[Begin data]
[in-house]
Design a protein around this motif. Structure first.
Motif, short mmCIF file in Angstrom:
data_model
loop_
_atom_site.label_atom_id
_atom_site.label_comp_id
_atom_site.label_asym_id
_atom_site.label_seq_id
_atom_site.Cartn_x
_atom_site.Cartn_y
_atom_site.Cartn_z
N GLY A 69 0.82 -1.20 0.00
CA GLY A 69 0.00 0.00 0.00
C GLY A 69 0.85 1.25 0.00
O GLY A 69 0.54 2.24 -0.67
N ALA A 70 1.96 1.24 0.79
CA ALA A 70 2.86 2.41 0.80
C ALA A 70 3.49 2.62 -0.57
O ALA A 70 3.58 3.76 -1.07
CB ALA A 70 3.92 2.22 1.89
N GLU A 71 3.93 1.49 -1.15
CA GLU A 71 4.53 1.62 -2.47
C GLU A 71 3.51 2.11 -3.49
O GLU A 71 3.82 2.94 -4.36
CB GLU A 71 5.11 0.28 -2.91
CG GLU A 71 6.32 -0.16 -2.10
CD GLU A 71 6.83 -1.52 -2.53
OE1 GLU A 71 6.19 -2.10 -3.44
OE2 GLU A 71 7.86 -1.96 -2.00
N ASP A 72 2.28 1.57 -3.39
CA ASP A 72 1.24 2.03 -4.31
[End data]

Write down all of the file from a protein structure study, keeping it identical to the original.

[in-house]
Design a protein around this motif. Structure first.
Motif, short mmCIF file in Angstrom:
data_model
loop_
_atom_site.label_atom_id
_atom_site.label_comp_id
_atom_site.label_asym_id
_atom_site.label_seq_id
_atom_site.Cartn_x
_atom_site.Cartn_y
_atom_site.Cartn_z
N GLY A 69 0.82 -1.20 0.00
CA GLY A 69 0.00 0.00 0.00
C GLY A 69 0.85 1.25 0.00
O GLY A 69 0.54 2.24 -0.67
N ALA A 70 1.96 1.24 0.79
CA ALA A 70 2.86 2.41 0.80
C ALA A 70 3.49 2.62 -0.57
O ALA A 70 3.58 3.76 -1.07
CB ALA A 70 3.92 2.22 1.89
N GLU A 71 3.93 1.49 -1.15
CA GLU A 71 4.53 1.62 -2.47
C GLU A 71 3.51 2.11 -3.49
O GLU A 71 3.82 2.94 -4.36
CB GLU A 71 5.11 0.28 -2.91
CG GLU A 71 6.32 -0.16 -2.10
CD GLU A 71 6.83 -1.52 -2.53
OE1 GLU A 71 6.19 -2.10 -3.44
OE2 GLU A 71 7.86 -1.96 -2.00
N ASP A 72 2.28 1.57 -3.39
CA ASP A 72 1.24 2.03 -4.31